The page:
Using QGIS 2.18.3, I would like to apply a random point pattern to my polygon symbology. The default Style Manager has a regularly-spaced point pattern, called Cemetery-25-50k (please see image below). This is a good starting point, but obviously not random.

enter image description here

Alternatively, I have reviewed the Point Pattern fill options within the Layer Properties (below), but nothing appears that would generate a random pattern.

enter image description here

What I need to recreate is the ESRI Arcmap random point symbology, shown here:

enter image description here

  • one possibility (which allows more control over randomness, and also use abritrary symbols like trees) is to use inkscape to create an SVG (using tiled clones with randomness), and use an SVG fill. – Steven Kay Apr 11 '17 at 19:43

You can add random point symbology using the following steps:

  1. Add new symbol layer using the '+' button:

enter image description here

  1. Change the Symbol layer type to 'Point pattern fill'
  2. Highlight 'Point pattern fill' in the left side tree
  3. Change the horizontal and vertical distances to reasonable values. In this example, I chose the same value for both distances of 2.0
  4. Under the Horizontal displacement and vertical displacement, use the following functions:

    5.1 For Horizontal displacement:


    5.2 For Vertical displacement

  5. Duplicate the point layer and change the horizontal and vertical distances to 6 and 3, respectively. Under the Horizontal displacement and vertical displacement, use the following functions:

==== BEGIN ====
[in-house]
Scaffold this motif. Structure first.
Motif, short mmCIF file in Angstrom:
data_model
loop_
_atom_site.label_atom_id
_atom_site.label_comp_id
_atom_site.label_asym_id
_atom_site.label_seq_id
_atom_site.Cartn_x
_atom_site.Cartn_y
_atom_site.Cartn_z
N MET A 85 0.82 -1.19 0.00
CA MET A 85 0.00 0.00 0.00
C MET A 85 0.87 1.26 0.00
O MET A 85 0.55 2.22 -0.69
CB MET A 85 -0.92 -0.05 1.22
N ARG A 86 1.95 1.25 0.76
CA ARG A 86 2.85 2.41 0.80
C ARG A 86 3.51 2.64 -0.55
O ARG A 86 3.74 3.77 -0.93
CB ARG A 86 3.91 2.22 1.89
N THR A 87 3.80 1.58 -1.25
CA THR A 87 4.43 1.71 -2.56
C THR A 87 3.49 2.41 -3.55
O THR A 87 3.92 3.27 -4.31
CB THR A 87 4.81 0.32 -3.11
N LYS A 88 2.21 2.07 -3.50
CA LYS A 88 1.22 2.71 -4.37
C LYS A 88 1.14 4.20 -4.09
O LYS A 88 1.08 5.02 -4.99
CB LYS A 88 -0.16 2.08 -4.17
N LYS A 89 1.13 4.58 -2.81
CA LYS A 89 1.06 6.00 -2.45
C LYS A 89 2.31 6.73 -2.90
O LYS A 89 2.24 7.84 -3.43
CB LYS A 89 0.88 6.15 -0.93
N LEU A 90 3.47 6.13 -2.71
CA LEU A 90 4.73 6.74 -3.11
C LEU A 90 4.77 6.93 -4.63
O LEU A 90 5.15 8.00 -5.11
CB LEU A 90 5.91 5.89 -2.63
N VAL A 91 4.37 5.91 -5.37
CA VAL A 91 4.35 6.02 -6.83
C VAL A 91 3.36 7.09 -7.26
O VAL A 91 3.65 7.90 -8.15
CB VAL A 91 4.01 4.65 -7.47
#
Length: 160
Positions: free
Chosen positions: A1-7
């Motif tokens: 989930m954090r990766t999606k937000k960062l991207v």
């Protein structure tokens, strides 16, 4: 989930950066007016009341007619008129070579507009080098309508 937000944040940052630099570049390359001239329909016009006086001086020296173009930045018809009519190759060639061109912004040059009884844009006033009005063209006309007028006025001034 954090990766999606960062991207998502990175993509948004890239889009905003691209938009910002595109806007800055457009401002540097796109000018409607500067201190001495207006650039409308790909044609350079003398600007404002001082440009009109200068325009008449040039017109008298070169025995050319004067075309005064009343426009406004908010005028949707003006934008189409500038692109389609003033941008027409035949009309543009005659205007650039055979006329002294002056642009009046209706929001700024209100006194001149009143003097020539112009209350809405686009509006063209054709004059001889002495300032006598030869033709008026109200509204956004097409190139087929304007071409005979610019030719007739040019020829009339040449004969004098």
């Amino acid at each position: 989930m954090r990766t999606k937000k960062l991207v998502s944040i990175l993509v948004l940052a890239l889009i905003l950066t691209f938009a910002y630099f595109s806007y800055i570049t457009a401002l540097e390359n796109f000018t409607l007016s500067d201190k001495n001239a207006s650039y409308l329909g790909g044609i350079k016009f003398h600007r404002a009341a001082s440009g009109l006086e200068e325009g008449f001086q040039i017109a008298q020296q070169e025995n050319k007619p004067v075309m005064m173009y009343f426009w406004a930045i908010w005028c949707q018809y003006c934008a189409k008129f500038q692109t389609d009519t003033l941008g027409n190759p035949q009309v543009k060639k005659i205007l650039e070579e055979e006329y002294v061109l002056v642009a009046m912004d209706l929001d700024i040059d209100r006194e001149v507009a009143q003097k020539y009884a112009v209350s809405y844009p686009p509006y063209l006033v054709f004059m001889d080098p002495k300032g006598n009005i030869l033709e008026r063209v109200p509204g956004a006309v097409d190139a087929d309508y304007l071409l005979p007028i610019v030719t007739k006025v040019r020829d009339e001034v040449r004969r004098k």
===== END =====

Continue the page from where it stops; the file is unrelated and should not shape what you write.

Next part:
6.1 For Horizontal displacement:


    6.2 For Vertical displacement

  6. You need to reduce the symbol size to 2 Pixels

You can see the output in the following image:

enter image description here

In the composer, the legend will look like this:

enter image description here

  • 2
    It doesn't quite duplicate the randomness of the built-in Arc symbology but that's a nice solution. To increase the randomness, use the randf() function on the horizontal and vertical distances and also duplicate the fill several times. – Ed Rollason Apr 11 '17 at 8:21
  • 1
    @EdRollason Thanks for your comment. It is also a good idea to add several layers with randf() function. – ahmadhanb Apr 11 '17 at 9:02
  • 1
    @ahmadhanb Interesting solution, bookmarked! – mgri Apr 11 '17 at 9:54

another technique involves using InkScape to create an SVG, and using an SVG fill layer in QGIS.

It allows more control over symbology (e.g. you could draw randomly scattered trees, not just points) and more control over spacing

  • In Inkscape, draw a circle/tree, and select the object
  • Edit > Clone > Tiled clones
  • Create (say) 5 x 5 or 10x10 tiled clones. It's a good idea to keep the size of the grid small as QGIS will struggle if you have too many symbols.
  • In the Shift tab, choose something like this... use the default settings is ok, but change the Randomise setting to add 'jitter'.